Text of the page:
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Share Facebook Twitter Google + LinkedIn Pinterest The College of Veterinary Medicine is one of the most venerable institutions on The Ohio State University campus. The college is:The second oldest veterinary college in the U.S., after Iowa StateThe largest veterinary college in the U.S., accepting 162 students annually from nearly 1,400 applicantsRanked in the top five of the nation’s 30 veterinary colleges for many years.And, there are many more good things I could and will share with you about the College of Veterinary Medicine in this column and in Part 2 next month.But first I want to make you aware of something that concerns me about the college. Despite its impressive standing and valuable contributions to our state, nation and world, the college lacks funding to maintain necessary staffing and programs. The college is about 80 faculty members short of what’s needed to sustain its tradition of providing high-quality education of veterinarians and conducting cutting-edge research to support food animal agriculture and protect against a growing number of potentially destructive food animal diseases. With the current shortage of faculty, burnout is taking its toll. Ten faculty members have left in the past year.Veterinary medicine is not for the faint-hearted. It requires four years of rigorous study and clinical training, after three to four years of undergraduate schooling. The first two years of vet school are intense in the medical sciences. A major portion of the clinical training starts in the third year. This covers diseases, hands-on animal care, restraint techniques, diagnosis and treatment.And this training requires tremendous resources from the college: faculty, lecture halls, exam rooms for practical training, surgery suites, animal housing, laboratories, a complete drug inventory and the latest medical equipment for treating the tiniest kitten to the biggest, meanest bull.The College of Veterinary Medicine offers several specialized programs. A couple of examples:The Galbreath Equine Center, which provides technologically advanced treatment for horses and advanced training in diagnostic services such as X-rays with dye studies, MRI and a high-speed treadmill.The Theriogenology (reproduction services) Department offers in vitro fertilization (IVF) for several food animal species. Advanced reproductive procedures are also offered for horses. And artificial insemination and other advanced reproductive procedures are available for dogs.The Veterinary Medical Center on the Ohio State campus examines and treats about 35,000 animals a year in its Hospital for Farm Animals, Galbreath Equine Center and Hospital for Companion Animals. A large number of farm animals and horses are treated through OSU’s field services facility in Marysville by students under veterinary supervision. The facility provides large animal care for farms in 17 Ohio counties.Many OSU vet students are primarily interested in providing veterinary medicine for companion animals. But all the college’s students rotate through field services. They accompany an attending OSU veterinarian on farm calls, receiving exposure and training in medical care of all domestic large animal species.As an ambulatory veterinarian at Ohio State, I accompanied vet students on farm calls for eight years before I retired. Many students who had been totally focused on companion animals would tell me at the end of their two-week rotation how much they enjoyed providing animal care on farms. They would say, “Had I known, I might have changed my focus to a mixed practice for large and small animals.” Students focused on large animals can repeat the Marysville rotation multiple times.While I’ve focused my career on large animal care, I personally know the value of companion animals. Many experts report that pets relieve their owners’ stress. Dr. Rustin Moore, dean of the college, provides ample insight on this in an article on the Ohio State website. Here’s the link: https://www.osu.edu/features/2017/the-benefits-of-owning-a-pet.htmlBesides advancing high-tech medical care for large animals, Ohio State has advanced the state of care for small companion animals in chemotherapy, orthopedic surgery, cardiology and many other disciplines.And the Veterinary College’s research plays a very important and impactful role in bridging has even bridged animal and human medical care. The college plays a key role in Ohio State’s participation in developing One World Health. Through One World Health, the vet school collaborates with the Wexner Medical Center and OSU’s colleges of medicine; dentistry; nursing public health; optometry; pharmacy; food, agricultural and environmental sciences; education and human ecology; social work; and many more.No other university in the nation can boast of having such broad and deep collaborations with medical and other disciplines on one campus. It stands as the premiere health strategy for the future. As an example of this, Nationwide Children’s Hospital, the James Cancer Center and the Veterinary College are working together to end cancer in people and animals. In the animal kingdom, dogs are especially prone to cancer, and while receiving leading-edge care through clinical trials, they are also helping people with cancer.Another program under the umbrella of The Ohio State University and College of Veterinary Medicine is the Ohio Agricultural Research and Development Center (OARDC), based in Wooster. This a collaborative program between the College of Food, Agricultural and Environmental Sciences and the College of Veterinary Medicine.So, as you can see, the vet school plays a vital role in agriculture and society in general and deserves the attention of Ohio’s legislators and governor for sustainability of its history of excellence and impact for the long-term future of Ohio.Next month, I’ll be back for Part 2 of this column. I’ll look more at the College of Veterinary Medicine’s critical roles in food animal agriculture. That is, preparing skilled, knowledgeable veterinarians and conducting vital research to protect and advance Ohio’s $110 billion animal agriculture industry.Plus, I’ll rally you to urge our legislators and governor to ensure the College’s ability to continue these essential roles into the future.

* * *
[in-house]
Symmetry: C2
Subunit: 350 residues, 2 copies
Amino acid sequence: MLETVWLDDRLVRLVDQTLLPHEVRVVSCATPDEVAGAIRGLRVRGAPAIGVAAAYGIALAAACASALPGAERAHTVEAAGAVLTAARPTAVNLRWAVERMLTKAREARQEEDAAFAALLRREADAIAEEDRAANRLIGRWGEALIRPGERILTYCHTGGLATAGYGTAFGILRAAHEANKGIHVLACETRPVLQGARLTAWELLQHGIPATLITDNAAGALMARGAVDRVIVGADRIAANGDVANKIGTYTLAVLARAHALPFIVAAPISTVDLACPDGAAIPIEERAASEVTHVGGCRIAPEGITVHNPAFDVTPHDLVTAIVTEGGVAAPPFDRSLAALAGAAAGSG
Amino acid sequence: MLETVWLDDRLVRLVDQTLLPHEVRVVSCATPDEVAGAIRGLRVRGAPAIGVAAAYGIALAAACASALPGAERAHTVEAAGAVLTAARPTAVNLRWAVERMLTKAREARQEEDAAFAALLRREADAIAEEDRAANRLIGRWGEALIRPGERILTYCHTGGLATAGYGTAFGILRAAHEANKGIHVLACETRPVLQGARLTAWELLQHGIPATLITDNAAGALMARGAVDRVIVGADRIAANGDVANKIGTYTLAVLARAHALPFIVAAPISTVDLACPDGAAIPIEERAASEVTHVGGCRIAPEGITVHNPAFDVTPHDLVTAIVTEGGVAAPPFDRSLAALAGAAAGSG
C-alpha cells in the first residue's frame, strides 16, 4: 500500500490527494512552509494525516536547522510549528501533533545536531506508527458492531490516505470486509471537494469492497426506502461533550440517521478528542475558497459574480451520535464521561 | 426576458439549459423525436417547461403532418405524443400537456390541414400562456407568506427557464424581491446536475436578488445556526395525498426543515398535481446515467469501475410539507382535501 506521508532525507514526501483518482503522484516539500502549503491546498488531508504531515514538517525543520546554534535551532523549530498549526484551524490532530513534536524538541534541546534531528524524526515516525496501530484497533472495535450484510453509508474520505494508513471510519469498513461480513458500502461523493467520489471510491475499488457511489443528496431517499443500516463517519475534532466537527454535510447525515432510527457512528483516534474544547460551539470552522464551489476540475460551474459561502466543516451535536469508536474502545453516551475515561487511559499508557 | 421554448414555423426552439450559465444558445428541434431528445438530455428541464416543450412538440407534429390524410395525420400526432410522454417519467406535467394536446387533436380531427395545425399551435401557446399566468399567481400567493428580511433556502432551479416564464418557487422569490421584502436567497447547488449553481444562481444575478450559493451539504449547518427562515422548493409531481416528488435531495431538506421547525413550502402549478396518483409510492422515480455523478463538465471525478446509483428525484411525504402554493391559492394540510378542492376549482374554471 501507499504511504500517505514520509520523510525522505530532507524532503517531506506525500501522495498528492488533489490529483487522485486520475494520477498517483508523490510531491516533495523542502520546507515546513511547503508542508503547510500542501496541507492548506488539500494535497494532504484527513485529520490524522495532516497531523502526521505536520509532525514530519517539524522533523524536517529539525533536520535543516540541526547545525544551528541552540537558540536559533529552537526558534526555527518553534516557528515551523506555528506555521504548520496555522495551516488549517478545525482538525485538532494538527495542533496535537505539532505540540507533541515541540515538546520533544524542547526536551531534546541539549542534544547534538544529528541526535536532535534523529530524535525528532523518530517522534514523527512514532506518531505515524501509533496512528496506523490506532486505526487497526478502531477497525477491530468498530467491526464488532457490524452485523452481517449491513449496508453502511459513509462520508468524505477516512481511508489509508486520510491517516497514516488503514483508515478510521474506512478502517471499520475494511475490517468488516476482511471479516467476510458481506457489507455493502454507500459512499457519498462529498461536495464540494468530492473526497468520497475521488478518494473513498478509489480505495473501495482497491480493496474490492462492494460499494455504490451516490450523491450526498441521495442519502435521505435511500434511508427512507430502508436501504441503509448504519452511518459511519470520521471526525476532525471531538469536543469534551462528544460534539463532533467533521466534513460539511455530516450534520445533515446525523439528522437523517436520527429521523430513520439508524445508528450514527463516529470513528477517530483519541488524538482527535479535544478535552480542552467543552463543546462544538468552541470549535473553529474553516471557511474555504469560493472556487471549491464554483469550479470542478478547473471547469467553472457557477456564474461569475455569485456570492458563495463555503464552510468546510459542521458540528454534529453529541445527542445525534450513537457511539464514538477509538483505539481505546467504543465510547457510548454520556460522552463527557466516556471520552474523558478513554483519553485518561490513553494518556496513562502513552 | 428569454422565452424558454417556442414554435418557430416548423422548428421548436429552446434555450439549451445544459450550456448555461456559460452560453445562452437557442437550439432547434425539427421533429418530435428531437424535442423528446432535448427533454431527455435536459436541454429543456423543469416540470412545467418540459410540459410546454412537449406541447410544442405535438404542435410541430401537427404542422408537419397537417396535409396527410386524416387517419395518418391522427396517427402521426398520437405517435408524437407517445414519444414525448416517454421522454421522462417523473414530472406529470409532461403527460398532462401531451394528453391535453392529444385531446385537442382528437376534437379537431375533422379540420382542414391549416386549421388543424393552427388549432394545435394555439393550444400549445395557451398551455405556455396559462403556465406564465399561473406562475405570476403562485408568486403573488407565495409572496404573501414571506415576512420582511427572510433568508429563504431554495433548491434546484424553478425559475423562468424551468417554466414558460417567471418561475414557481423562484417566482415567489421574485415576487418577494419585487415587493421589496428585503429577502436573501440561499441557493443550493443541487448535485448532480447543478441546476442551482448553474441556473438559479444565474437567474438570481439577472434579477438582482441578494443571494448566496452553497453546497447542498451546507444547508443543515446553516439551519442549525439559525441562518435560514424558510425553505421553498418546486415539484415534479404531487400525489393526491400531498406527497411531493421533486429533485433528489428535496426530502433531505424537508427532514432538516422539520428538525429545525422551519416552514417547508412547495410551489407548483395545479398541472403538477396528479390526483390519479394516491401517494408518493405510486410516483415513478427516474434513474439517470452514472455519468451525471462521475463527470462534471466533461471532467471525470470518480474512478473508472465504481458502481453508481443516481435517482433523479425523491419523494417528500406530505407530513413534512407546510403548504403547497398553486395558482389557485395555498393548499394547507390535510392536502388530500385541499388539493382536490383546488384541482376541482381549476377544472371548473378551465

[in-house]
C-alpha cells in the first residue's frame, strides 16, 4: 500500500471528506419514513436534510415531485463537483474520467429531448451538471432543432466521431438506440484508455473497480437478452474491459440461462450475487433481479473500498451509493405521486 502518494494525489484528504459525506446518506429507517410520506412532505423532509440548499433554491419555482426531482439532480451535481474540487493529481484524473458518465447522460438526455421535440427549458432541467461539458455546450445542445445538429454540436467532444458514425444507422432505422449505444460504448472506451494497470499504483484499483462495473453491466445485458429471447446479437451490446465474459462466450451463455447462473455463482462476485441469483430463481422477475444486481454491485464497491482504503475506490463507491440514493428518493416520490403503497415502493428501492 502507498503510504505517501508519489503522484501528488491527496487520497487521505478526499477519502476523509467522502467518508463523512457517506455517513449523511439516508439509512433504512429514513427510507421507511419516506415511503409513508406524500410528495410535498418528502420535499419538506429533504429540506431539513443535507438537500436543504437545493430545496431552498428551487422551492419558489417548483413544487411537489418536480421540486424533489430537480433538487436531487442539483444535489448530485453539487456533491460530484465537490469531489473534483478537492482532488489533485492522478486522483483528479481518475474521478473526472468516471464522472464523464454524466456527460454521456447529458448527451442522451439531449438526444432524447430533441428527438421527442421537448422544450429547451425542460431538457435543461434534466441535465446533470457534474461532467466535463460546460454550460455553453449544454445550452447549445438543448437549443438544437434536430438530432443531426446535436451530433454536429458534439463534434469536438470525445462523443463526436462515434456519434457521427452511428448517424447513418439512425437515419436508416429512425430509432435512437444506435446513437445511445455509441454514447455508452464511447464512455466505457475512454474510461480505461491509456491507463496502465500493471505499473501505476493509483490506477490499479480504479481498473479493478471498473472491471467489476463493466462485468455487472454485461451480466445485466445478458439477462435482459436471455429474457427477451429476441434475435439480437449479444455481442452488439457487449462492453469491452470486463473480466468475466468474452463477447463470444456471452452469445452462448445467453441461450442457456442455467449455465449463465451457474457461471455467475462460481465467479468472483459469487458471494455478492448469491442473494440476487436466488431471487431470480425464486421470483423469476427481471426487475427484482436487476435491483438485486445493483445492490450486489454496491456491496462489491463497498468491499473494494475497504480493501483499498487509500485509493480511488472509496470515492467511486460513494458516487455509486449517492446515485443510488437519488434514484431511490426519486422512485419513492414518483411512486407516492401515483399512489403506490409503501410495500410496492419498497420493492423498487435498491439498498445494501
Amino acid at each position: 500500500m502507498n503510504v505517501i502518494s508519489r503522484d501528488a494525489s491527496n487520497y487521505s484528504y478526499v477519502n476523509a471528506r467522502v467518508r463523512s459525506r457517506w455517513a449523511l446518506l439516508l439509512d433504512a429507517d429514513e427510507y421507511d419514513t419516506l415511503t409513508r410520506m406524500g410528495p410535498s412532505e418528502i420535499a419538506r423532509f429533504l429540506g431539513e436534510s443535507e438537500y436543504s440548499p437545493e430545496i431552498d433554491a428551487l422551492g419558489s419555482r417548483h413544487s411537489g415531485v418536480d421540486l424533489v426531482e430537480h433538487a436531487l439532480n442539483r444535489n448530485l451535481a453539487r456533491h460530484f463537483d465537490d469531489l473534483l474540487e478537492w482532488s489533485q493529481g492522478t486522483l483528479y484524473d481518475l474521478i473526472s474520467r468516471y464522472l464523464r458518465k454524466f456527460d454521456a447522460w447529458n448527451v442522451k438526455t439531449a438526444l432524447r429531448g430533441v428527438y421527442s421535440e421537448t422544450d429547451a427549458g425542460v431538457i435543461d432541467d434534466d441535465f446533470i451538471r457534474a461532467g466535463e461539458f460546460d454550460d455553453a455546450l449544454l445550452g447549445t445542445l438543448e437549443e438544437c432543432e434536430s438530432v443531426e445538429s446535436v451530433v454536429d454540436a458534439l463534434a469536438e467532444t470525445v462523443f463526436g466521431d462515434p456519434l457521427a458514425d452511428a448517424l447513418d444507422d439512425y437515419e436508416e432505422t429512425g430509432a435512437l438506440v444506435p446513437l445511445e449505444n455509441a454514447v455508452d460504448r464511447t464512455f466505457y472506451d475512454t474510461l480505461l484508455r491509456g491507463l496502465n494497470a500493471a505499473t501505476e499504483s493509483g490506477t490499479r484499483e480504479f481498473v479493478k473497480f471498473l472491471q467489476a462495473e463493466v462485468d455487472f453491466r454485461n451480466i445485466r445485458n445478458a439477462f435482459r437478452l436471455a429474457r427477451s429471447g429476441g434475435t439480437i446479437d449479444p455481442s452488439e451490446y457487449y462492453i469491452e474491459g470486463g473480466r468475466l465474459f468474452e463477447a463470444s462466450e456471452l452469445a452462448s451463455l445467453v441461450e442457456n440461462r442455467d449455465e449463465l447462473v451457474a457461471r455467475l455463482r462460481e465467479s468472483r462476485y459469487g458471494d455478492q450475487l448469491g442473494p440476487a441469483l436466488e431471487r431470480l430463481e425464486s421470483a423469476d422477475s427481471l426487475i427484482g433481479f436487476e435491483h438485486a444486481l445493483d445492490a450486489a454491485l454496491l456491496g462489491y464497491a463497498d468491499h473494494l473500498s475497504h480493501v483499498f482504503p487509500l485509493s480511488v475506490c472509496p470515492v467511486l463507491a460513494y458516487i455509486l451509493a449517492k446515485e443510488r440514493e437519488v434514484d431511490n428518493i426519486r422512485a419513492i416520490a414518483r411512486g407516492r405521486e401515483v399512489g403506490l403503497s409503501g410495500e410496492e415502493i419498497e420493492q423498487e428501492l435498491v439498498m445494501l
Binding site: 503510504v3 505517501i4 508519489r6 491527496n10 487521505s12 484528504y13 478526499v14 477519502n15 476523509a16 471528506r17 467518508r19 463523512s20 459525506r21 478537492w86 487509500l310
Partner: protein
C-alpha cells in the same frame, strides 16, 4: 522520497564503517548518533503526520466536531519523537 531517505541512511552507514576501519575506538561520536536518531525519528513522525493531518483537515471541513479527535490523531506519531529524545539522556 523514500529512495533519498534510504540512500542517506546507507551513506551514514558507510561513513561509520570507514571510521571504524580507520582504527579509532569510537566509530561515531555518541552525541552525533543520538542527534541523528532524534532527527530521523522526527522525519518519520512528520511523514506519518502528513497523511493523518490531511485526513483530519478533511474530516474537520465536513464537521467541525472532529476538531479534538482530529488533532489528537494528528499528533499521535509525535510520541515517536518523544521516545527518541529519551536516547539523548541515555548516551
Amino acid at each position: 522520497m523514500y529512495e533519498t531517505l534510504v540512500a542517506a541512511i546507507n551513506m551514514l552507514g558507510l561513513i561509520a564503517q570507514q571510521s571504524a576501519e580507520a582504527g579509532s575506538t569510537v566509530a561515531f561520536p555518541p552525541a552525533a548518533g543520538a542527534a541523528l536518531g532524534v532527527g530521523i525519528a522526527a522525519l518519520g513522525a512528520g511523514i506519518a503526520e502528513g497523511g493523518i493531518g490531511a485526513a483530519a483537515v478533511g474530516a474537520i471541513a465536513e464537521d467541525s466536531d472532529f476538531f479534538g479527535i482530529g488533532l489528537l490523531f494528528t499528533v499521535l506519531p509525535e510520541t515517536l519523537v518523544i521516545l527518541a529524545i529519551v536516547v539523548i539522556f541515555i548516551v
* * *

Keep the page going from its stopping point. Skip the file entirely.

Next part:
Share Facebook Twitter Google + LinkedIn Pinterest Development of an emerging technology promising major animal health and environmental benefits is currently stalled at the U.S. Food & Drug Administration, prompting the National Pork Producers Council to renew its call for U.S. Department of Agriculture regulatory oversight of gene editing for livestock.“The pace of FDA’s process to develop a regulatory framework for this important innovation only reinforces our belief that the USDA is best equipped to oversee gene editing for livestock production,” said Jim Heimerl, a pork producer from Johnstown, Ohio and president of the National Pork Producers Council. “U.S. agriculture is one our nation’s most successful export products; we can’t afford to cede leadership of gene editing to other countries.”Gene editing accelerates genetic improvements that could be realized over long periods of time through breeding. It allows for simple changes in a pig’s native genetic structure without introducing genes from another species. Emerging applications include raising pigs resistant to Porcine Reproductive and Respiratory Syndrome, a highly contagious swine disease that causes significant animal suffering and costs pork producers worldwide billions of dollars.Dr. Dan Kovich, NPPC director of science and technology, is advocating for USDA oversight of gene editing. According to Kovich, “In addition to dramatic animal health gains and reduced financial risk for farmers, gene editing’s promise includes less need to use antibiotics to care for livestock and reduced environmental impact from more efficient farm operations.”Despite no statutory requirement, the FDA currently holds regulatory authority over gene editing in food-producing animals. FDA oversight will treat any gene edited animal as a living animal drug — and every farm raising them a drug manufacturing facility — undermining U.S. agricultural competitiveness relative to other countries with more progressive gene editing regulatory policies.